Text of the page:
Jeremy wrote about what a boon the new view transitions API could be for the web:
Allow me to try and explain.
What do I mean by this?
In this way, browsers communicate and render GUIs at their most basic level in HTML via HTTP.
<a>element clicked? That’s an HTTP GET for another resource whose response, if HTML, will render something new in the browser.
<form>element submitted? That’s an HTTP GET or POST with user-supplied data for another resource whose response, if HTML, will render something new in the browser.
application/json, but as
To put it bluntly: there’s no progressive enhancement if all your APIs only accept JSON payloads directly from the browser.
A Simple Example
Imagine I have a simple static site with a call to action to sign up for my newsletter. I drop a static HTML file on a web server with some
<form> markup which the browser will use to render a GUI where the user can enter their information.
<form> <label for="email"> Sign Up For My Newsletter </label> <input type="email" id="email" /> <button type="submit"> Sign Up </button> </form>
Now I need a server somewhere to collect this information and store it.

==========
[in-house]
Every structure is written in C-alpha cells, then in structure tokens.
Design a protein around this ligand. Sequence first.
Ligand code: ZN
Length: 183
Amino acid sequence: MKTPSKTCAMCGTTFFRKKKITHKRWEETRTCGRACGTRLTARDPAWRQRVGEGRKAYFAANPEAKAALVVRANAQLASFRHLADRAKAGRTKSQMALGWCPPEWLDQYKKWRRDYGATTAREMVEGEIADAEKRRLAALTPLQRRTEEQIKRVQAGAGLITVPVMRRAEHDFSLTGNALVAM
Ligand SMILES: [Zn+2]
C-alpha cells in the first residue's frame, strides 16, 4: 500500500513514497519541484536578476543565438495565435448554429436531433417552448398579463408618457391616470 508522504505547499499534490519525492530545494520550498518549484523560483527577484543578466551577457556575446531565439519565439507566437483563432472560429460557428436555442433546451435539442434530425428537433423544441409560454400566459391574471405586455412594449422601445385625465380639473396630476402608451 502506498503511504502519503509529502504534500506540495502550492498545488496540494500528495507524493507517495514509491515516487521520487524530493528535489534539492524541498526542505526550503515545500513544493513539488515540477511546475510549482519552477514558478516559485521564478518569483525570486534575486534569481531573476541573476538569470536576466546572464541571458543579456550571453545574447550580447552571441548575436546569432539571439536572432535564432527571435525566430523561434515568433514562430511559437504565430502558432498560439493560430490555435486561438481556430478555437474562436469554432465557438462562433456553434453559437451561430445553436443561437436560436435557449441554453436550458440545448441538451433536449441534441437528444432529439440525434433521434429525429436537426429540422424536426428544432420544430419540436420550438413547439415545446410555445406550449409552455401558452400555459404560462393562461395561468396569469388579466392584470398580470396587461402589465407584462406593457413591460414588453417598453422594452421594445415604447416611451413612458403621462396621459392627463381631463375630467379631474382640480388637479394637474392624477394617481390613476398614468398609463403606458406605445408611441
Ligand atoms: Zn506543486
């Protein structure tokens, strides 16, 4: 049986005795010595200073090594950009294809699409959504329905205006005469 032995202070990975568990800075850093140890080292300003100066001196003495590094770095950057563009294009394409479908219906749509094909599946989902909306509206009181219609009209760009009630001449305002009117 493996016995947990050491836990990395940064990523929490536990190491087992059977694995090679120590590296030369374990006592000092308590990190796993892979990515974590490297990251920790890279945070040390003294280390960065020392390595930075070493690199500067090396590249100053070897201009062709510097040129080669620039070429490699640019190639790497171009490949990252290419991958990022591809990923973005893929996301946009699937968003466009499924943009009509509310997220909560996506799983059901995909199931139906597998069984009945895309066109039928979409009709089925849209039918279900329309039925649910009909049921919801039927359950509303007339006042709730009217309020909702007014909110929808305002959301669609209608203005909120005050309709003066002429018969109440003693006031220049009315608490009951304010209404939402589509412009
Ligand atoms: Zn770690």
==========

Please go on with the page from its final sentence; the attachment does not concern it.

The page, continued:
So many third-party services have APIs you can integrate with and guess what? They probably speak JSON exclusively. But browsers don’t send user-entered data as JSON by default, so what’s one to do? You can:
- Create a URL that accepts the structure of a default browser POST request (
<form method="post" action="/my-url">).
<script>tag on the page somewhere that handles the logic to submit a JSON payload to whatever service will store this information for you.
Once you need to collect one simple piece of data from a user on a “static” web page — like
<input type="email" /> — you either 1) now need to control a server that accepts
Quick plug: this is where a framework like Remix which supports progressive enhancement really shines. Remix makes it incredibly easy to support
<form> submissions as the browser default
application/json type. Read the docs for more info.
Try to implement that using Next.js…and I can't think…how. You can post to "api endpoint", but that'll return JSON…I'm sure there's a work around, but the point is that it has to be worked around, intentionally.
- To their credit, the folks at Netlify support
e.preventDefault()on the form submission and the sending of a JSON payload instead. Third-party JSON APIs are so often the recipients of user data entered directly in the browser. If anybody out there is using Netlify’s
<form netlify>feature to support progressive enhancement, hit me up with the details on how you’re doing it! ↩
- AFAIK, there’s no way (currently) to declaratively describe a form in HTML that makes a request with JSON (though there appears to have been an effort to do so at one point). ↩